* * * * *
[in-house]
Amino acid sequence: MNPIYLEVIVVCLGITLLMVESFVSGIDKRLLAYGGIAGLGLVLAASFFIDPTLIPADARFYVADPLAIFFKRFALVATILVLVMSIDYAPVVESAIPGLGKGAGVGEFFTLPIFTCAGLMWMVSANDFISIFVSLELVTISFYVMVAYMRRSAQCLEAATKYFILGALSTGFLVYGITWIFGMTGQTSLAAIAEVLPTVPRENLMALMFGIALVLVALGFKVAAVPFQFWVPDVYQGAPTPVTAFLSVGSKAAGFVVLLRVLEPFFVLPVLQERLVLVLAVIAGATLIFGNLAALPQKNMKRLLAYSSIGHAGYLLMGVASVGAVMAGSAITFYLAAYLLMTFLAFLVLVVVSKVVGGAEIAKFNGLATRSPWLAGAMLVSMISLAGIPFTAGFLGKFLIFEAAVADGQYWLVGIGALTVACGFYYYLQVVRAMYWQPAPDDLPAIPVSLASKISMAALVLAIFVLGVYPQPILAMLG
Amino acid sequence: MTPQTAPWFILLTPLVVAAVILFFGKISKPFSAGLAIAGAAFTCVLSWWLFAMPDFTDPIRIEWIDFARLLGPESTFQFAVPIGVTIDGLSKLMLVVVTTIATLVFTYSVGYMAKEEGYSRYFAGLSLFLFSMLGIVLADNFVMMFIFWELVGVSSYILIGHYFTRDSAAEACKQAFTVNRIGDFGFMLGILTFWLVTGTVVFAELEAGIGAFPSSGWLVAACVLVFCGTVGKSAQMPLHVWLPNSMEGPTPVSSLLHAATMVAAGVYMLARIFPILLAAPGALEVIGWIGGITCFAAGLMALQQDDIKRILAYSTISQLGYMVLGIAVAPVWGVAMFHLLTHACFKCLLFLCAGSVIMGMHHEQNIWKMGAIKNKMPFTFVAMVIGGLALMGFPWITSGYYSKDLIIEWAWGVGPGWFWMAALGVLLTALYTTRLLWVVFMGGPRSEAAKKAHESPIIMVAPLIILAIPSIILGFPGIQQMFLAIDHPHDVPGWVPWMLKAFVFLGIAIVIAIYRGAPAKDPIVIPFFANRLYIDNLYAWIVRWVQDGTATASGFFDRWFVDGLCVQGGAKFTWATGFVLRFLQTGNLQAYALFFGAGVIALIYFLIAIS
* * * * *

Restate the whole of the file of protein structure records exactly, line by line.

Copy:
[in-house]
Amino acid sequence: MNPIYLEVIVVCLGITLLMVESFVSGIDKRLLAYGGIAGLGLVLAASFFIDPTLIPADARFYVADPLAIFFKRFALVATILVLVMSIDYAPVVESAIPGLGKGAGVGEFFTLPIFTCAGLMWMVSANDFISIFVSLELVTISFYVMVAYMRRSAQCLEAATKYFILGALSTGFLVYGITWIFGMTGQTSLAAIAEVLPTVPRENLMALMFGIALVLVALGFKVAAVPFQFWVPDVYQGAPTPVTAFLSVGSKAAGFVVLLRVLEPFFVLPVLQERLVLVLAVIAGATLIFGNLAALPQKNMKRLLAYSSIGHAGYLLMGVASVGAVMAGSAITFYLAAYLLMTFLAFLVLVVVSKVVGGAEIAKFNGLATRSPWLAGAMLVSMISLAGIPFTAGFLGKFLIFEAAVADGQYWLVGIGALTVACGFYYYLQVVRAMYWQPAPDDLPAIPVSLASKISMAALVLAIFVLGVYPQPILAMLG
Amino acid sequence: MTPQTAPWFILLTPLVVAAVILFFGKISKPFSAGLAIAGAAFTCVLSWWLFAMPDFTDPIRIEWIDFARLLGPESTFQFAVPIGVTIDGLSKLMLVVVTTIATLVFTYSVGYMAKEEGYSRYFAGLSLFLFSMLGIVLADNFVMMFIFWELVGVSSYILIGHYFTRDSAAEACKQAFTVNRIGDFGFMLGILTFWLVTGTVVFAELEAGIGAFPSSGWLVAACVLVFCGTVGKSAQMPLHVWLPNSMEGPTPVSSLLHAATMVAAGVYMLARIFPILLAAPGALEVIGWIGGITCFAAGLMALQQDDIKRILAYSTISQLGYMVLGIAVAPVWGVAMFHLLTHACFKCLLFLCAGSVIMGMHHEQNIWKMGAIKNKMPFTFVAMVIGGLALMGFPWITSGYYSKDLIIEWAWGVGPGWFWMAALGVLLTALYTTRLLWVVFMGGPRSEAAKKAHESPIIMVAPLIILAIPSIILGFPGIQQMFLAIDHPHDVPGWVPWMLKAFVFLGIAIVIAIYRGAPAKDPIVIPFFANRLYIDNLYAWIVRWVQDGTATASGFFDRWFVDGLCVQGGAKFTWATGFVLRFLQTGNLQAYALFFGAGVIALIYFLIAIS